There is a classic scene in the 1997 film Selena that encapsulates so well the challenges of identity, particularly in Latino and Hispanic families. As it unfolds, we see an exasperated Abraham Quintanilla (Edward James Olmos) driving their tour bus along a dusty highway, lamenting to his daughter Selena (Jennifer Lopez), “We have to be more Mexican than the Mexicans and more American than the Americans, both at the same time! It’s exhausting!”
This notion resonates with many immigrant families, and identity has always been a winding road for my own Hispanic family as they made America home. Within the pages of Hoosier Latinos: A Century of Struggle, Service, and Success, I found a greater sense of empowerment by seeing some of my own family’s experiences reflected in the book.
In Hoosier Latinos, authors Nicole Martinez-LeGrand and Daniel Gonzales lead readers through Indiana’s past in a way that honors the contributions of Latino community members and gives living Latino leaders a platform to tell their own stories.
Each chapter of the book brings the community’s history to life through transcribed interviews with the central figures of these stories. Reading historical accounts from legendary Latinos like Fred Maravilla, who served in the U.S. Military during World War II; María Luisa Tishner, a prominent Indianapolis leader in healthcare access and advocacy; and Irene Osorio, of the Figueroa family, who organized mutual aid efforts during the Great Depression and founded the Latin Times newspaper in Indiana Harbor is powerful and inspiring.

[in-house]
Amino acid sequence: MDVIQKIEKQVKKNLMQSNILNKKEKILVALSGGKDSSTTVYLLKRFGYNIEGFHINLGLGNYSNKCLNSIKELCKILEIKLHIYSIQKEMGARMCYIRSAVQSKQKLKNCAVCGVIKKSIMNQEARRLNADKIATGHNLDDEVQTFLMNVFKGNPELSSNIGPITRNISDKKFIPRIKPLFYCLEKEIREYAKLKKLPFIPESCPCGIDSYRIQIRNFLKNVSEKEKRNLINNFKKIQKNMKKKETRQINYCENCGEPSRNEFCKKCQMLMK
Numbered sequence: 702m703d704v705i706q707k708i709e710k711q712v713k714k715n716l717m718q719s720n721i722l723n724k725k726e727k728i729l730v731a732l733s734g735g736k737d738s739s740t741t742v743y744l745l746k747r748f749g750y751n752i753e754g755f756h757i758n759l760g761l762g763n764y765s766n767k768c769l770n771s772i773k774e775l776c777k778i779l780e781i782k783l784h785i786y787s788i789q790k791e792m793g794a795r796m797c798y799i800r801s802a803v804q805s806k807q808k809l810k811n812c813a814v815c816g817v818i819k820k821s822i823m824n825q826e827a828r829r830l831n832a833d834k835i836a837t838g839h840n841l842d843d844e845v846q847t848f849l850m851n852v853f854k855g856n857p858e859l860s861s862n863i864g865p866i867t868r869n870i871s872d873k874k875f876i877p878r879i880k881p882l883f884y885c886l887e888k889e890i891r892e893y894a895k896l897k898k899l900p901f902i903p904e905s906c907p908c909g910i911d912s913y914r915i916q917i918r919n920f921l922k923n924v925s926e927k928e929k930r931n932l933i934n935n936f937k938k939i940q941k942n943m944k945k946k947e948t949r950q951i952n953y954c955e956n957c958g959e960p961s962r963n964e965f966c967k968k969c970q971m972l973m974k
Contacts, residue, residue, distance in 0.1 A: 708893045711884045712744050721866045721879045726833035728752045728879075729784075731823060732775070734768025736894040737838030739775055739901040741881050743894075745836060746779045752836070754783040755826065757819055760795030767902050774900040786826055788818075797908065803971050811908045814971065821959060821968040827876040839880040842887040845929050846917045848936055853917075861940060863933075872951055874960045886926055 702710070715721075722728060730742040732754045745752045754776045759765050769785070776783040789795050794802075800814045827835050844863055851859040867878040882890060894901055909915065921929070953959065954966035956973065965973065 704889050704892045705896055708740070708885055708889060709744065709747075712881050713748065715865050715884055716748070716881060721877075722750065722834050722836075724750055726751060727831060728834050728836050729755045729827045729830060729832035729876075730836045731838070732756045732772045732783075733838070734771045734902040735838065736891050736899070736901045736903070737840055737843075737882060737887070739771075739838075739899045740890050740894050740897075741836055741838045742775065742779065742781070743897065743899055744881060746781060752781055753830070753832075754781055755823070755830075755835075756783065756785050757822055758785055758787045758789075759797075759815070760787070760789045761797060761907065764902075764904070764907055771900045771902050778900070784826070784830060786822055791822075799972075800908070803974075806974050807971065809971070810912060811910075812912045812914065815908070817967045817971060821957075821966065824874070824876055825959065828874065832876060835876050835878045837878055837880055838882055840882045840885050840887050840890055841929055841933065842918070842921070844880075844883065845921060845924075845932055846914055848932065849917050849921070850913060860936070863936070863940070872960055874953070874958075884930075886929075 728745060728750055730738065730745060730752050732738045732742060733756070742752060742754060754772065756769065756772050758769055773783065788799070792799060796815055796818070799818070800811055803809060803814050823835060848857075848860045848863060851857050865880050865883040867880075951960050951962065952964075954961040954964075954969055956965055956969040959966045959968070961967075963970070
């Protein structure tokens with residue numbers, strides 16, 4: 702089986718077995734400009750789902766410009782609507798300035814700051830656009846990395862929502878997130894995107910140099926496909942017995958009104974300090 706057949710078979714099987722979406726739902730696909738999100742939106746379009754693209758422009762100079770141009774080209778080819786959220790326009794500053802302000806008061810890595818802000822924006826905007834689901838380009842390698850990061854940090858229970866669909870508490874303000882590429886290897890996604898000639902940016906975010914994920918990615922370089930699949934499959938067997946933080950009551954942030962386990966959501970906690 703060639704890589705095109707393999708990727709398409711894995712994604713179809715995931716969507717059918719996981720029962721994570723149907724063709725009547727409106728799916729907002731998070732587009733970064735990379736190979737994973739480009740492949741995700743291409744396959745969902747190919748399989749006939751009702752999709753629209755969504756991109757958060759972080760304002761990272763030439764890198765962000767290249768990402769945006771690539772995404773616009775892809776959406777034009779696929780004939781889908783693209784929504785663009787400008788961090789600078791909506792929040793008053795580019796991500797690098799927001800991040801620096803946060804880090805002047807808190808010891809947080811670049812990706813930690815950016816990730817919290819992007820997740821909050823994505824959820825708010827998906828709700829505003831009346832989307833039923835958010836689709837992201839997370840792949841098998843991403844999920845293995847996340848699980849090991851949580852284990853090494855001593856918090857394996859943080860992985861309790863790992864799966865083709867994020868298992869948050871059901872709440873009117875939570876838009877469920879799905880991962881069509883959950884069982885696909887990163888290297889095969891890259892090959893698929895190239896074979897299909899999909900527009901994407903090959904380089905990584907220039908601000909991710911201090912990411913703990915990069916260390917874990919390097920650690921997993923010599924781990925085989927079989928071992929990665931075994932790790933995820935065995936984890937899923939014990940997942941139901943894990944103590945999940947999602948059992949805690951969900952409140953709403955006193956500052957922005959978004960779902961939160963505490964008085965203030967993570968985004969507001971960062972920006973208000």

The book also dives into problematic systemic practices within the community’s emergence in Indiana. If you’ve attended the Fiestas Patrias parade in Northwest Indiana or enjoyed Indianapolis’s annual “Fiesta,” you have celebrated the living history of Hoosier Latinos. And if you have driven across Cline Avenue Bridge in East Chicago or through the I-65/I-70 corridor, you’ve traveled through a more dubious consequence of history. Readers learn, through first-hand accounts, the impact of deeply problematic and racist policy decisions like the failed 1960s Urban Renewal Project in Indiana Harbor or the I-65/I-70 Project that parceled away homes and businesses through eminent domain at the expense of displaced Hoosier Latino families.
Hoosier Latinos is an essential read for those studying Indiana’s history. Martinez-LeGrand and Gonzales provide a much-needed context to more fully understand our collective Hoosier identity. Further, the authors live into the central value of the Hoosier Latino experience – community – and emphasize the need for a higher consciousness surrounding the major gaps in the historical records of brown and black Hoosiers.
As Gonzales states, “This book is dedicated to the strangely revolutionary idea that we should tell a fuller story of American history.” This book has unlocked a deeper sense of place in my home state and has provided me with written resources to bring more of my neighbors into the lived experience of Latinos and Hispanic Hoosiers. I hope that all Hoosiers will take the opportunity to read this book and learn about the rich history and monumental contributions Latinos have made to our state, no matter the challenges they faced.
Elise Shrock is a local communications pro and policy advocate working at the intersection of faith, politics and women’s empowerment. Following two decades of campaign and statehouse work, she now serves as the Director of Communications at Christ Church Cathedral, located in the heart of Indianapolis on Monument Circle. She is a lifelong Hoosier guided by the experiences of her Hispanic, immigrant family. Elise is an avid supporter of the arts and believes that everyone has a story to tell and that a good meal has the power to bring people together.
Nicole Martinez-LeGrand is the Indiana Historical Society’s multicultural collections curator. Daniel Gonzales has worked as a researcher, curator and historian. He is now Director of Exhibitions Curation at the Indiana Historical Society.
Monthly reviews of books written by Indiana authors are made possible by the Eugene and Marilyn Glick Indiana Authors Awards and Indiana Humanities. Opinions expressed in this review are solely those of the reviewer, not any affiliated entity.